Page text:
If you had items that were out of stock or too expensive to carry during the early stages of COVID-19, now may be a time to reevaluate if you can improve your customer’s expectations. If you are now back in stock on your popular items, then it’s time to reach out to your shoppers and let them know you can handle their order if they still need the product.
Not only does it show great customer service on your part, but it also opens up the potential for other product orders, or at least better customer loyalty.
Practice Re-Targeting Your Shoppers
Whether it was the effects of COVID-19 or all the distractions shoppers are faced with each day, sometimes you can’t capture all of the potential sales. If you’ve never worked on re-targeting your shoppers, then now is a great time to make this a permanent part of your digital marketing efforts.
Re-targeting is where you reach out to your potential customer after they have left your website. You can do this in a variety of ways, depending on your budget.
Use Your Shopper’s Email Address
If you used an overlay or plugin to capture email addresses from your site visitors, then you can start with your distribution list. If you have updates to your inventory or product descriptions, then let your visitors know the latest updates and how it benefits them.
You can send a quick cart abandonment email and recapture some of the lost sales you may have experienced during the turbulent months of the pandemic.
Step Up Your Customer Service Game
While terrible customer service almost always chases a shopper away, a great customer experience will keep them coming back for more.
What have we learned from COVID-19 and the increase in e-commerce sales? Customer service is still key. No matter how much of an increase you saw in your online sales, you can’t take your shoppers for granted and assume they will always come back.
There are several ways you can improve your customer service and create amazing experiences for shoppers. Here are several ideas:
- Install a chatbot service on your home page.
- Make sure your contact information is always visible
- Include trustworthy information with your products, including reviews and product descriptions
- Be upfront about product and shipping costs. Unexpected shipping costs are the number one cause of cart abandonment.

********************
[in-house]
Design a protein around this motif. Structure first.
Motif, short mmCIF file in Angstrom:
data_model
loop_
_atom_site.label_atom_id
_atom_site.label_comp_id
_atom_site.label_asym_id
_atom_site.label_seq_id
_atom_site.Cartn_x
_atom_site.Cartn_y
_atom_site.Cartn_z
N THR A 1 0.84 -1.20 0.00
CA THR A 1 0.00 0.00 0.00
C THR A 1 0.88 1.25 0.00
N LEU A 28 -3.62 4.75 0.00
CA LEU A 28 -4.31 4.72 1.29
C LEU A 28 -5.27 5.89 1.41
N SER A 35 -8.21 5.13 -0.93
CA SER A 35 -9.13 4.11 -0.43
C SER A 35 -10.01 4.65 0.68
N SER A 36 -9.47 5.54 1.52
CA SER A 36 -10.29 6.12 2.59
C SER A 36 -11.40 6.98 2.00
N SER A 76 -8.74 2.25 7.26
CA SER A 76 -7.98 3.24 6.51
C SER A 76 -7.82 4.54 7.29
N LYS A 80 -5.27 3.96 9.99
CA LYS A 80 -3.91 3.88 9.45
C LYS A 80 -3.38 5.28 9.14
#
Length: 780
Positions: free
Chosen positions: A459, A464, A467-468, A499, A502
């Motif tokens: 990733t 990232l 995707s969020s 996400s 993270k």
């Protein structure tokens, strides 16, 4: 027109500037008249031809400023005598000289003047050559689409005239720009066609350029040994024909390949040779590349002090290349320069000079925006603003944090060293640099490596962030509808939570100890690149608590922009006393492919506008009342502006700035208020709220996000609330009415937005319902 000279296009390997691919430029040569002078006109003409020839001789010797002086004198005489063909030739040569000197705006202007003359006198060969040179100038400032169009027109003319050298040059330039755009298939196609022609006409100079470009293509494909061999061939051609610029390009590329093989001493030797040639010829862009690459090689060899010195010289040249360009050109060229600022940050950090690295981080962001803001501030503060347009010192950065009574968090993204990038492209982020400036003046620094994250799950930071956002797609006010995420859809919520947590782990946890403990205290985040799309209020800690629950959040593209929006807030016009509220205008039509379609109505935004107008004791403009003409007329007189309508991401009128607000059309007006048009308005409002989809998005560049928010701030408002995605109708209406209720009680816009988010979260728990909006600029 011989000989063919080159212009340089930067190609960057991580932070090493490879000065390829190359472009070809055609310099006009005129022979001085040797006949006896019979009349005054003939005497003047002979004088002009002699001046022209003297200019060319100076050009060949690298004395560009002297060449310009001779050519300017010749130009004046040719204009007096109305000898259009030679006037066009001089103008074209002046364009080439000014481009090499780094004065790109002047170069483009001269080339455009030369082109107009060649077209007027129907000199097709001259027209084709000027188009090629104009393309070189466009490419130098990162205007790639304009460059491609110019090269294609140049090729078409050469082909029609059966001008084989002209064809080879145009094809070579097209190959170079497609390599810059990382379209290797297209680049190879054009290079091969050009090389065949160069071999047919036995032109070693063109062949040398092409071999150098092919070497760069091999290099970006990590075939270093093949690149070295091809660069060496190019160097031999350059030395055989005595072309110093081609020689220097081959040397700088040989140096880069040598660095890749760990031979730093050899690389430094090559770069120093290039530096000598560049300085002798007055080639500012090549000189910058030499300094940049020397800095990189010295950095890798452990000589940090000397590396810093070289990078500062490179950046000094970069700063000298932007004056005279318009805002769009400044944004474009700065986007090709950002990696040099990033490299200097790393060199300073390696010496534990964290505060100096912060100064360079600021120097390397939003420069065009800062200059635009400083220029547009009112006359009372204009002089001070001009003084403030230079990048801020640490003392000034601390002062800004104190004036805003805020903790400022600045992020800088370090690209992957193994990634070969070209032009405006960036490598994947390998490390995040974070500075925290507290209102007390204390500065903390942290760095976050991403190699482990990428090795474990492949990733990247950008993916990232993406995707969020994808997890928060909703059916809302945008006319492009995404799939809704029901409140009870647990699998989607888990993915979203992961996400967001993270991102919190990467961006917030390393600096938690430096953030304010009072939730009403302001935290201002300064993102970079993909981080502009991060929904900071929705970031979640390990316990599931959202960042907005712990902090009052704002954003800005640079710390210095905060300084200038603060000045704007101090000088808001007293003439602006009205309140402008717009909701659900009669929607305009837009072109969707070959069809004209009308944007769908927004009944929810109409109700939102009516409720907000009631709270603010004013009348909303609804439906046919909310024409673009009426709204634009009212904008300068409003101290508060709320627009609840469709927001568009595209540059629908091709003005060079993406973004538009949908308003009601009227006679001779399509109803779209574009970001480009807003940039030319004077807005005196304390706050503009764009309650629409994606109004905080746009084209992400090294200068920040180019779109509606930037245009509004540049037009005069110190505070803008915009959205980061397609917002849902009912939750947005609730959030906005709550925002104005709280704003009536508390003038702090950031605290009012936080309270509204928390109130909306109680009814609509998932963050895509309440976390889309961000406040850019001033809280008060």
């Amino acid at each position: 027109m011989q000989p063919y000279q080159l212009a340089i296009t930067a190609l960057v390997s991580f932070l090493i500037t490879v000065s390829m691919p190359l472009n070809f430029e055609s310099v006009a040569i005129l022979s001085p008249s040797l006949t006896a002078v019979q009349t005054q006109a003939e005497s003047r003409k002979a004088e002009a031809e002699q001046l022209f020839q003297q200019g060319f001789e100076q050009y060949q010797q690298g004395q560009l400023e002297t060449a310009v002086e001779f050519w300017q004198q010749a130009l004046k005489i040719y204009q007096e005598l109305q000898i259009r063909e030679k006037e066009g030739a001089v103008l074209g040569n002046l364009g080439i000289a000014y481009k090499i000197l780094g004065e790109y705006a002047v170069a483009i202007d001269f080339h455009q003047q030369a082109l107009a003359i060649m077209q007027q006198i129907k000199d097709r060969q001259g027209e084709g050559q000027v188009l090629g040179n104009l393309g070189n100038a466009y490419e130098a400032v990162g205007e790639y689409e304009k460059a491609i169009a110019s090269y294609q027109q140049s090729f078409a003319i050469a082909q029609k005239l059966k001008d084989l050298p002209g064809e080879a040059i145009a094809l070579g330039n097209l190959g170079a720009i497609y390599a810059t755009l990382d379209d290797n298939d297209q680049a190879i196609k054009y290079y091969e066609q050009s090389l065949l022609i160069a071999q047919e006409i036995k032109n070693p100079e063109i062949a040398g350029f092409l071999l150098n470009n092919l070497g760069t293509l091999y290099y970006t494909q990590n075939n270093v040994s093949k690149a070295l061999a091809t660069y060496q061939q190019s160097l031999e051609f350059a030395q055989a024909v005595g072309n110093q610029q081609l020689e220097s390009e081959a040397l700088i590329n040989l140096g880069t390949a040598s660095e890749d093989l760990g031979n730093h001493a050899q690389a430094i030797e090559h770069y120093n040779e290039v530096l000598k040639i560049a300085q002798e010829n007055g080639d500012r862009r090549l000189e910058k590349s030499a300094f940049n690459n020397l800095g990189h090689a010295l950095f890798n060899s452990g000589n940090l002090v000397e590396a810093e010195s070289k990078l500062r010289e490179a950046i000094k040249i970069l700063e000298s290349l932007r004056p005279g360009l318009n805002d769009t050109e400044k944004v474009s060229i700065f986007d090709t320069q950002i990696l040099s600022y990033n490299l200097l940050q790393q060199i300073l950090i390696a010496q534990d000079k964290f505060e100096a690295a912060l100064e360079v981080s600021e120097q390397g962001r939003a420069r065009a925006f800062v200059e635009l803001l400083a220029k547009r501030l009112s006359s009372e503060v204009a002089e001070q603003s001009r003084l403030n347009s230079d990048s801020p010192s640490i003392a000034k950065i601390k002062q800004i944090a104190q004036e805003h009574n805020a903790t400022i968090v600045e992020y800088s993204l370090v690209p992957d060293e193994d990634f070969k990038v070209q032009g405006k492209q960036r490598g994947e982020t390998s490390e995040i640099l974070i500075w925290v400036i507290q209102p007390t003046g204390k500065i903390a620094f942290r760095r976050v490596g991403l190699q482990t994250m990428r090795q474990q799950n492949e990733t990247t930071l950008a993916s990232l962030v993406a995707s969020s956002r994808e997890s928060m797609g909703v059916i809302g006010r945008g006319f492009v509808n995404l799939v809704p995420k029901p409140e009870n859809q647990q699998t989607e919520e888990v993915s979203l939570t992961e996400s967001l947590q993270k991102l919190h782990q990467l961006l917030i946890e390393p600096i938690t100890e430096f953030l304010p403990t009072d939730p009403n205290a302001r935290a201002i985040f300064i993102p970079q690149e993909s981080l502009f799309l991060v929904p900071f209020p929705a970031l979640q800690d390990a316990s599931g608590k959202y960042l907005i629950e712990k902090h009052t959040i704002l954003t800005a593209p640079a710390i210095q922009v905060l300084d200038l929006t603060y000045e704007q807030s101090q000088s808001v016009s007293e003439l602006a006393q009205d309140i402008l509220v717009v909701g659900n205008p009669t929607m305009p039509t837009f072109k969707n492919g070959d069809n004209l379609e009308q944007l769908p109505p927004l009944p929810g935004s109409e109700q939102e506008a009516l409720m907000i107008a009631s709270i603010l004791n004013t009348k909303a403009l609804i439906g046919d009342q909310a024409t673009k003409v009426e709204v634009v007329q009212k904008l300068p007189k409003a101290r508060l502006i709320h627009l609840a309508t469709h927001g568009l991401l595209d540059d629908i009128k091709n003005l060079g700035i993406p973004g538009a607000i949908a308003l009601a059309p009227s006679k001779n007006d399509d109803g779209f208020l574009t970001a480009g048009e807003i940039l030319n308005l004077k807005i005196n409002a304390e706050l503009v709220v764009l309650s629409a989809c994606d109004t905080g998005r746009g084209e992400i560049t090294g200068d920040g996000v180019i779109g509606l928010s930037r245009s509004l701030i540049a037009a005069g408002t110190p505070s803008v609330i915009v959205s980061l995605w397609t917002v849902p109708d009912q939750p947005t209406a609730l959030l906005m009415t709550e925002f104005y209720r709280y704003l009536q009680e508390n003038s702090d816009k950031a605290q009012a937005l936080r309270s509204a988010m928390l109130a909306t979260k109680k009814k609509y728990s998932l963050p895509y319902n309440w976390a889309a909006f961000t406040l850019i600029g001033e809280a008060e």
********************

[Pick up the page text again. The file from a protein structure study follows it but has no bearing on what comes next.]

- Promote your customer service guarantee
- Offer full details on the warranty and returns process
The bottom line is communication is critical. Shoppers want information up front and don’t want to be surprised when it comes to their purchase.
Flexible Payment Options Continue to be Important
It’s no surprise that many of the countries on lockdown during the pandemic suffered tough economic impacts. These impacts were not only felt on a national level, but definitely on a personal level. In the United States alone, unemployment levels reached a record high of 14.7%.
And while a post-COVID economy can improve the outlook for individuals, the fact remains that flexible payment options continue to be important for shoppers – if not one of the most important deciding factors before purchasing online.
Having flexible payment options for shoppers, such as a buy now, pay later option like Splitit offers several benefits. These benefits are not only felt by the shopper, but also the business owner.
Benefits of Flexible Payment Options for the Shopper
Offering a buy now pay later option offers several advantages to your shoppers. When they’re able to break up their purchase costs into smaller, more manageable payments then it can be a game-changer for them. Surveys have found 35% of shoppers are more likely to make a purchase if they are offered the ability to pay in interest-free installment payments.
With Splitit, your shopper will be able to:
- Pay 0% interest
- Avoid potential late fees
- Avoid applications and credit checks
- Pay over time, on terms that work best for their budget
- Manage their monthly spending budget
- Allows the shopper to purchase a higher-priced item if the monthly payment is right
Benefits of Flexible Payment Options for the E-Commerce Businesses
The benefits for a business are as numerous as those for a shopper. Offering flexible payment options to your shoppers can give your business:
- Increased cart conversions. Businesses offering Splitit experience with cart conversions. Once the shopper has added an item to their cart, they are 78% more likely to complete the purchase when they see the buy now pay later option offered.
- Decreased cart abandonment. Businesses offering Splitit experience an 11% decrease in cart abandonment.
- Increased AOV. When a shopper knows they can split their monthly payments into more manageable bite-sized increments, then they are more likely to spend more on their overall purchase. Businesses offering Splitit see an increase of 20% in their AOV when offered.
- Greater shopper loyalty.
Recapturing Your Shoppers in a Post-COVID-19 Economy
To say COVID-19 has been hard on many individuals and families across the globe is an understatement. Businesses have certainly felt the impact as well, but in many cases, e-commerce has felt a positive impact from the uncertainty of the pandemic.
With some countries now trying to rebuild their economies and livelihoods, there are great lessons to be learned from how e-commerce grew during COVID-19. But there’s also a need to understand what e-commerce businesses must continue to do to build up on this success and maintain their customer loyalty.